emotional hijack

5 Ways To Manage CoronaVirus Anxiety


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I think that we can all agree that Covid-19 has shattered our perception of safety and stability. Being confined in a quarantine and being encouraged to practice social distancing has contributed to a shift in our day to day habits and has encouraged new fears to arise as a result. 

Some of us are worried about paying the bills or keeping our businesses alive, some of us are struck with fear of the possibility of death or of losing a loved one to the virus and still some of us feel isolated and don’t know what to do with the time given to us (contributing to our unsteadiness). No matter what age we are, we are all on some level impacted by this event. 

The feeling of anxiety, therefore, is normal and expected.

Anxiety is a natural response to the event of the unknown. It’s designed to let us know that we should prepare ourselves for an upcoming event that can potentially hurt us or cause us harm. Experiencing a manageable dosage of anxiety can be helpful in taking precautionary actions however TOO MUCH anxiety can have an adverse effect. 

Here are five ways that we can keep our anxiety at bay during the CoronaVirus.

  1. Practice Breath-Work

    Breath-work in a general term is a type of therapy that utilizes breathing exercises to improve mental, physical and spiritual health. When we are caught in a state of anxiety or panic our limbic system (our survival brain) hijacks our ability to make rational decisions. It generates exaggerated worst-case scenarios, reduces our ability to empathize with others, and makes us fall into a trap of overgeneralization. In all, we make very irrational conclusions about what is and is not safe for us. To jump out of this hijack, we can use the mindfulness exercise of focused breathing to place our attention on what is actually real versus being caught up in an emotion.

  2. Limit Your Media Intake

    Stay informed but don’t overdo it. Taking precautions of the CoronaVirus and understanding government and health guidelines is important but limit your intake of it. You don’t NEED TO HAVE the TV on at all costs, you don’t NEED TO know about each new case and it’s severity!!! Know how you can prevent it and that’s really all you need to know.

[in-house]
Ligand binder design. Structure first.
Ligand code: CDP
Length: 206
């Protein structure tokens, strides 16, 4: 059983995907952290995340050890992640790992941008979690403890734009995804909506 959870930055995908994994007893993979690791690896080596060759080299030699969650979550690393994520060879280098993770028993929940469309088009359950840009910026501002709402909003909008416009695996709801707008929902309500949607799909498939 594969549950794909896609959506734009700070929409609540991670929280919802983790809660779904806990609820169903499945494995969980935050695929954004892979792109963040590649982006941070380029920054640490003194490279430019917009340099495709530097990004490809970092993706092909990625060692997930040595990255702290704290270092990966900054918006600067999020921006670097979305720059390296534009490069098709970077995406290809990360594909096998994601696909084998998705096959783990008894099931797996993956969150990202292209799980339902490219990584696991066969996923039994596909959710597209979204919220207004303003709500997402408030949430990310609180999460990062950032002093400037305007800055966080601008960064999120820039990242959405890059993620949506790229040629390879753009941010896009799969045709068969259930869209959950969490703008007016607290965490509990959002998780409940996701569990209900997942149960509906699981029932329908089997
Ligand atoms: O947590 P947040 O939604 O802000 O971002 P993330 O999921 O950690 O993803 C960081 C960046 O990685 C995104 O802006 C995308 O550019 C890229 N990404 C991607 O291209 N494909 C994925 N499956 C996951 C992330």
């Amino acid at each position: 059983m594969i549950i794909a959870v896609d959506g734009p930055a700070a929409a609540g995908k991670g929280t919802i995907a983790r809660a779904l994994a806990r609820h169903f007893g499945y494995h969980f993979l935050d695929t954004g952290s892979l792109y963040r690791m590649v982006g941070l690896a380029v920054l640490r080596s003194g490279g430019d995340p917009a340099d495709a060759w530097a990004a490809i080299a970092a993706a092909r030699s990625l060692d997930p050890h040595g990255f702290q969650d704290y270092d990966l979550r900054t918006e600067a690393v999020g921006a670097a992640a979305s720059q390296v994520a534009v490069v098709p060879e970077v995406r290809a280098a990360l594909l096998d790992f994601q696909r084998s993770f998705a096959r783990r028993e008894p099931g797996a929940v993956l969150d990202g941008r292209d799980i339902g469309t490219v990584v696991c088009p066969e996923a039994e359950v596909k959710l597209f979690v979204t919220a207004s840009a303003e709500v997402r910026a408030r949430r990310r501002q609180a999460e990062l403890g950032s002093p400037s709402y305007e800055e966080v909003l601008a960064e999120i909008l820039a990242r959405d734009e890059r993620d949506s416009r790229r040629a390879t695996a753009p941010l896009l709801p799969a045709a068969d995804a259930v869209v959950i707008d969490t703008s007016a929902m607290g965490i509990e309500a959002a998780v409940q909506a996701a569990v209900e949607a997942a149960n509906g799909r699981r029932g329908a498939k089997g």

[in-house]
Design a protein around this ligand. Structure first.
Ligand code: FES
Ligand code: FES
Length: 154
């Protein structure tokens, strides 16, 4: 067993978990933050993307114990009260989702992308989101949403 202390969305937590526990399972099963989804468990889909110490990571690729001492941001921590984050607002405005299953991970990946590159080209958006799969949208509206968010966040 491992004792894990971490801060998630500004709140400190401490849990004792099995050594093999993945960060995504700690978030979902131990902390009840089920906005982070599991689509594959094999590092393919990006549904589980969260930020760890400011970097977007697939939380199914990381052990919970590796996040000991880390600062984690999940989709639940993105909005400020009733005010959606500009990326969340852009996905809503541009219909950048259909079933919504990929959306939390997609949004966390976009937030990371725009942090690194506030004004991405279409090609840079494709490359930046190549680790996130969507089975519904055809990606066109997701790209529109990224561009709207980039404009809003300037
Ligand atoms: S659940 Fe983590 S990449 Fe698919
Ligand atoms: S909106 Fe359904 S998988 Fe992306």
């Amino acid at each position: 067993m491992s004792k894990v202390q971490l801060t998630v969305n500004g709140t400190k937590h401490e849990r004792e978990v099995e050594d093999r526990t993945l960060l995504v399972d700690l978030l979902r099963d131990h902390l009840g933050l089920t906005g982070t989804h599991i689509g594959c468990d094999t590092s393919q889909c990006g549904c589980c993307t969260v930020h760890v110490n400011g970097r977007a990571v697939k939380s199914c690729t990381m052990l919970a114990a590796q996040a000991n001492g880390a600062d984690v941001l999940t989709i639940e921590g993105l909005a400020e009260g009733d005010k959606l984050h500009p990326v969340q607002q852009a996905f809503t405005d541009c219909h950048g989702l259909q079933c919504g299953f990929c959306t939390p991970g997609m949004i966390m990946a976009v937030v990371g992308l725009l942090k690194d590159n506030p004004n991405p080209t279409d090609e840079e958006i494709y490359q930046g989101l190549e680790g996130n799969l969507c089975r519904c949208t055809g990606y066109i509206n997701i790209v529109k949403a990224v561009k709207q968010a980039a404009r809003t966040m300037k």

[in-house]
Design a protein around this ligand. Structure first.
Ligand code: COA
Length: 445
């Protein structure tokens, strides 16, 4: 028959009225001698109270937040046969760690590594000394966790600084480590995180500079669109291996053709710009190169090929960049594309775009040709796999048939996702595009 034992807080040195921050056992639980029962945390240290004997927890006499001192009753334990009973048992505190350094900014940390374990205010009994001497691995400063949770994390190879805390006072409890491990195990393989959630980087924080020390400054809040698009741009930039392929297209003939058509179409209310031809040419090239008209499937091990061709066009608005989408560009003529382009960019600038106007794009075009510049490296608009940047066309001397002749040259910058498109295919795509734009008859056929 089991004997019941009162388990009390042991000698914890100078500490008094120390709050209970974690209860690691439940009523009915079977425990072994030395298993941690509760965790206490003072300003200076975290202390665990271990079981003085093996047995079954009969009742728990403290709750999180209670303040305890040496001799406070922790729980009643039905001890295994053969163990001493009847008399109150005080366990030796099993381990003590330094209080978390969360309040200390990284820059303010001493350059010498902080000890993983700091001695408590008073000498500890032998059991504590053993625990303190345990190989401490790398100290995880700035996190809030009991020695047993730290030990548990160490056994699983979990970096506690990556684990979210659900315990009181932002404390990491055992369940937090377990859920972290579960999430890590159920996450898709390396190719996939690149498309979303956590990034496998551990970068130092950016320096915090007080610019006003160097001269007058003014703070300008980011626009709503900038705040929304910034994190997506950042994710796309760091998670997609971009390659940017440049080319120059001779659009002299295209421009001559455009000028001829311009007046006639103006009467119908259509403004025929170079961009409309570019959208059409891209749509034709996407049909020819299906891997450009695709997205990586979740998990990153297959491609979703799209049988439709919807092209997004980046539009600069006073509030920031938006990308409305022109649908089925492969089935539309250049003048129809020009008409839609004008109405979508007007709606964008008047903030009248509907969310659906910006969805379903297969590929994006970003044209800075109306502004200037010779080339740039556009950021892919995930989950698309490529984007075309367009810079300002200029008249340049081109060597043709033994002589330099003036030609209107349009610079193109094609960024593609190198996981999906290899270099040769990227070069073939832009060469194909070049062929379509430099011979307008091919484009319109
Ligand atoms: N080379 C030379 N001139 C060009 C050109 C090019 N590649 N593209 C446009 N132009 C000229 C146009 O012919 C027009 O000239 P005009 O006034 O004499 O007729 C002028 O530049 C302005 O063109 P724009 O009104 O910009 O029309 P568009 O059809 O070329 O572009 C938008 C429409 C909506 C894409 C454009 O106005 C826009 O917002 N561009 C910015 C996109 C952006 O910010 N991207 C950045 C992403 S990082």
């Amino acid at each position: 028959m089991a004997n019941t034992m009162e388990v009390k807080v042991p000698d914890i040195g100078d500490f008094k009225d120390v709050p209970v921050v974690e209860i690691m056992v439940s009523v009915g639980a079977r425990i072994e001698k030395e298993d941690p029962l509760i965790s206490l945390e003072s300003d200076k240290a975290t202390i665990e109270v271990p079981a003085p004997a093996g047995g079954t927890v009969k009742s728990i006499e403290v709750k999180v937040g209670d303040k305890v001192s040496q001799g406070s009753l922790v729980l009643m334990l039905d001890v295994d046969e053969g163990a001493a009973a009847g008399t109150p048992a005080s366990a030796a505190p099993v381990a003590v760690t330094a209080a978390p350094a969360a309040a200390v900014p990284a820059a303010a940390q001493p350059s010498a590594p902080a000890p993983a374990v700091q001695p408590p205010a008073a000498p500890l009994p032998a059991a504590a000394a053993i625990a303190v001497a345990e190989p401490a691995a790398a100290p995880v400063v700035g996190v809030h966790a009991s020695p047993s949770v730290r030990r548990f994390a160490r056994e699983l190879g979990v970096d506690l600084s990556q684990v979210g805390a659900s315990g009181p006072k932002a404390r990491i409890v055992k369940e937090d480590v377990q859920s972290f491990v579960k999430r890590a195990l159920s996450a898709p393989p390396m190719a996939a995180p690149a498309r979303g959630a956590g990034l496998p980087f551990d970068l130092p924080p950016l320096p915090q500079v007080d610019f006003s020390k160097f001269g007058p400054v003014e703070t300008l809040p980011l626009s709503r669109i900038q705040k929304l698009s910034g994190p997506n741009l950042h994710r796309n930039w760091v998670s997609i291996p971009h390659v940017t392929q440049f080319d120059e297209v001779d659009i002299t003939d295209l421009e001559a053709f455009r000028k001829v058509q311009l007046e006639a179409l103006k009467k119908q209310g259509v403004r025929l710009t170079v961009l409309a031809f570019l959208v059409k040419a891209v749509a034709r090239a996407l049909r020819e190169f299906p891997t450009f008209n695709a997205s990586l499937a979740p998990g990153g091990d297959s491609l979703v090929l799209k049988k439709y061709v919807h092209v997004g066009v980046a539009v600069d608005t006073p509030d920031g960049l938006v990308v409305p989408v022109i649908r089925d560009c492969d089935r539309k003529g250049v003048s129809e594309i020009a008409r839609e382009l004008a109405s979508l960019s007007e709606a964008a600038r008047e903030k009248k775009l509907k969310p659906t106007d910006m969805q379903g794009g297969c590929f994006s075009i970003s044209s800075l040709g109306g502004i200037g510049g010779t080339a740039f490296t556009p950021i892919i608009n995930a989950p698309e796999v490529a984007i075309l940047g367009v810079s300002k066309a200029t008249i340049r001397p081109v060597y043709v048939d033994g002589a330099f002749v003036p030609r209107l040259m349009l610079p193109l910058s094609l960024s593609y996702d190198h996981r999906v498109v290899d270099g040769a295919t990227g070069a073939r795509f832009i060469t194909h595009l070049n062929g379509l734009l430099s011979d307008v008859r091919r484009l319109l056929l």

List to Prevent CoronaVirus
    -wash hands properly for 20 seconds with soap or hand sanitizer
    -avoid touching your face, mouth or nose
    -disinfect phones or exposed counters or items
    -avoid public places (ideally STAY HOME; LIMIT your trips to the grocery store)
    -keep 6 feet apart when in public

  3. Keep Yourself Busy!!!

    Anxiety manifests when we feed it. With so much FREE TIME on our hands our minds cannot help but wander into the ‘what ifs’ and the ‘who knows’. It’ll have you repeating the worst case scenarios like your life depended on it. During quarantine take some time to practice self care and to learn a new skill that could benefit you in the long run. Look into cooking a healthy meal, try out yoga, read a book, improve your ability to manage your emotions by taking our EQ for Beginners Course. GET BUSY, get CREATIVE, GLOW UP BY GROWING! Now is the time to do so.

  4. Keep In Social Contact

    During social distancing, keeping social contact is important. It can be a lonely time for many of us. FaceTime a friend, your romantic partner (if you don’t live together) or a family member. Catch up.

    Humans aren’t meant to be isolated – we need connection. Just make sure that that connection enhances your well-being; toxic encounters shouldn’t be welcomed.

  5. Have a Plan

    It’s hard to predict what the days ahead of us look like, but preparing for self-isolation is advisable. Make sure to have up to 2 weeks of supplies in case quarantining oneself is necessary. This includes food, household products, prescription medications, over the counter medications and supplements. Don’t forget about your mental health; if your self care routine includes art, exercise or yoga make sure you have the supplies or equipment needed. 

As of the moment, Covid-19 is here to stay. We need to take precautions and take it one day at a time. Control only what we can control and make the best of the situation.

Comment down below how you manage your anxiety amidst the CoronaVirus outbreak…

The Self-Improvement Trap


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When you last picked up a self-help book or took the initiative to participate in a personal development course, what motivated you to do so?

Was your motive something along the lines of…

  1. I need to fix my negative thoughts because their messing up my life
  2. I need to get rid of my insecurities because they have ruined so many opportunities
  3. I need to become more present because if I don’t I’ll be forever anxious 

Or did they embody something along the lines of this…

  1. I would like to establish a more positive outlook on life so that when I’m in a conflicting situation I can make more proactive decisions
  2. I would like to respond to myself with kindness when my insecurities arise and reduce the self-critical effect
  3. I would like to become more present so that I can enjoy my family and friends

So, which one was it?

Isn’t it interesting to see how similar yet different these motives are? There is a fine line between self-improvement and self-degradation. In the first category, there is a great emphasis on trying to ‘fix you’ as a person. The motives are laced with a negative undertone and a disease like quality. It’s like once I become emotionally stable, then I’ll be lovable. Once I tackle my anxiety, then I’ll be able to live. It’s the never ending pursuit of once I have this, then I’ll be good.

Many of us take this self-improvement approach. We have this belief that we need to eliminate the bad, before we can see the good in a situation or in ourselves.

What’s The Problem With This Thinking?